Enter mobile. The very phrase, mobile internet, is technically a contradictio in terminis, and frames the idea that it is a separate, rather than just poor and expensive but pervasive IP network. From the very start the mobile network providers, the controllers of the distribution stage, have tried to keep consumers in their own walled gardens: i.e .their own aggregation processes. They were carefully set up in such a way that the producers only get get access to distribution, and therefore to the customer, if they pay.  Conversely consumers can pay for services and content, because the network operators own an extensive billing platform.  Originally the network operators also largely controlled consumption by controlling the capabilities and the user interface of the phones. However, see below. Note that the network operators have incentives to sell subscriptions, but that carrying data only makes them money if they can charge per Mb. Otherwise it only costs them money, especially if so much traffic is generated that it requires investments in the infrastructure.

Enter Apple and the i-phone.  Apple has an interest in selling phones, and an interest in selling music and software, both of which they already have the infrastructure for to do over the internet. In other words they control both the aggregation and the consumption phase of the media supply chain. Next they manage to cow network operators (AT&T, T-mobile) in only selling the i-phone with flat fee relatively cheap subscriptions, thereby creating the conditions to use mobile as what it is: a pervasive distribution channel, over an IP network. Strangely enough i-phone users react by using the network just like they would the internet, creating traffic as if it costs nothing,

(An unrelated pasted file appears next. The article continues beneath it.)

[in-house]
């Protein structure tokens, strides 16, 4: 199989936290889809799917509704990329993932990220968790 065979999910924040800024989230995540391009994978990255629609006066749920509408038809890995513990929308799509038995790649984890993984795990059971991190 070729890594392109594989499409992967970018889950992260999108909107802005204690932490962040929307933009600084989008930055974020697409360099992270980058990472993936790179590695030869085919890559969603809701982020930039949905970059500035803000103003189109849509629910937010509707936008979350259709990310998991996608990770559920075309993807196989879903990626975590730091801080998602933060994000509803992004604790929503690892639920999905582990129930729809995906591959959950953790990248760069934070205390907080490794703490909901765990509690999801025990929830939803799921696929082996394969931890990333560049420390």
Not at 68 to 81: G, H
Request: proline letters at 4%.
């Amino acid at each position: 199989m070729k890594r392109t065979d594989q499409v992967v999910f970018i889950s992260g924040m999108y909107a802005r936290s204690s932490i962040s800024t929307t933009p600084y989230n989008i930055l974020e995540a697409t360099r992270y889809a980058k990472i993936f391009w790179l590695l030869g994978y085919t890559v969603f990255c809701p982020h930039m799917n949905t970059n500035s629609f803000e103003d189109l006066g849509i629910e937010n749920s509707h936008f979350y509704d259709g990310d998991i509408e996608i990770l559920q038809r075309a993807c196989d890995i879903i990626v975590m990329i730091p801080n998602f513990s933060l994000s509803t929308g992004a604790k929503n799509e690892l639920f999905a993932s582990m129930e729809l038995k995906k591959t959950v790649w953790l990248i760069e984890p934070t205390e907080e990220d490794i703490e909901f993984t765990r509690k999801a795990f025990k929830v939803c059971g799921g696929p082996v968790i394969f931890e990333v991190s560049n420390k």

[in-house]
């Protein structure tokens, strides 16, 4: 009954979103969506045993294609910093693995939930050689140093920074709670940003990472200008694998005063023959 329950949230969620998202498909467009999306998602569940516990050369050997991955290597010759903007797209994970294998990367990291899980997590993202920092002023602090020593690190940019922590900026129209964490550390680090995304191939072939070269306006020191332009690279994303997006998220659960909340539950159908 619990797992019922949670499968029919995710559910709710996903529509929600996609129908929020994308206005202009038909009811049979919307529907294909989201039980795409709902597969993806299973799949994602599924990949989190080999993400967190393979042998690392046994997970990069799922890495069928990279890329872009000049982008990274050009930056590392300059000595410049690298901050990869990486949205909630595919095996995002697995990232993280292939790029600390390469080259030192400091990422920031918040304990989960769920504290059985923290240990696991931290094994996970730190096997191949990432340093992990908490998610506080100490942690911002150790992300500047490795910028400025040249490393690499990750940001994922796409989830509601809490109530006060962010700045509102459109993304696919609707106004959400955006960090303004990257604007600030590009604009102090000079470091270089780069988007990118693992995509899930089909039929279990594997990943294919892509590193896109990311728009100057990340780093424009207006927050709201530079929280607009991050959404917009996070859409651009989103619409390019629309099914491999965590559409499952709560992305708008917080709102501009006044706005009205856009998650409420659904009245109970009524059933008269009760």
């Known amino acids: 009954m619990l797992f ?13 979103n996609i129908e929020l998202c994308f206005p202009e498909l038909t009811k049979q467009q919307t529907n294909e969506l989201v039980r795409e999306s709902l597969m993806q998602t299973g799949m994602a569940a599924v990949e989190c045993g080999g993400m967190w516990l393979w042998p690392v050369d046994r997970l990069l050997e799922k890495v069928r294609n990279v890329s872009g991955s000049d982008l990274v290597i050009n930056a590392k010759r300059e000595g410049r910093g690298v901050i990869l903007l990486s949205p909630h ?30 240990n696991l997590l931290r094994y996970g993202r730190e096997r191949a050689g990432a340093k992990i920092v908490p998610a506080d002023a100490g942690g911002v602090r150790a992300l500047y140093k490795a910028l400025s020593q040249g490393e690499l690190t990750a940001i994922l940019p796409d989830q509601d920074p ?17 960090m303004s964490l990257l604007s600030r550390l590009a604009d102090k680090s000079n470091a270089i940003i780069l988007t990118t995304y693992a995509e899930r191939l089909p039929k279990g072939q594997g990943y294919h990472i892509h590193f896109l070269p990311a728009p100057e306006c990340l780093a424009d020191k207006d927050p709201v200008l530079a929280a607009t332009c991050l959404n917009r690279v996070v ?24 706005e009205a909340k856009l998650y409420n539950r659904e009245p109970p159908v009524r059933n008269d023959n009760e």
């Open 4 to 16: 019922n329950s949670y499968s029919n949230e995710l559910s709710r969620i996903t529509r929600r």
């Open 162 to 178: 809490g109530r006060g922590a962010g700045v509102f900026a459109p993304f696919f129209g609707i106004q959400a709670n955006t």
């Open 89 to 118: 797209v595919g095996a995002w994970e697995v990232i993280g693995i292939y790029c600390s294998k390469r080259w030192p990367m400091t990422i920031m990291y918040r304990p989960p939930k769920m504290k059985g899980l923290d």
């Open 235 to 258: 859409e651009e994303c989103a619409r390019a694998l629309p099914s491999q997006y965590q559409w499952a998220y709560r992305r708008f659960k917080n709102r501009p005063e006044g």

which should be enough to make the network operators hate Apple. Anyway,  by controlling the device Apple has control over aggregation and producer access to consumers/customers. In other words Apple has created another walled garden, which is just nicer looking one, and profitable to Apple rather than the network operator.  Even though Apple provides the safari webbrowser (without flash!) because they have an incentives to make the i-phone sell, they also makes sure that 1. an app (over which they have some control and on which they make a little money) provides slightly better experience than a website, 2. they carefully create the illusion and the idea that an app is special even if it is little more than a website in a frameless browser and 3. such apps are based on proprietary apple technology that cannot be easily ported to other platforms.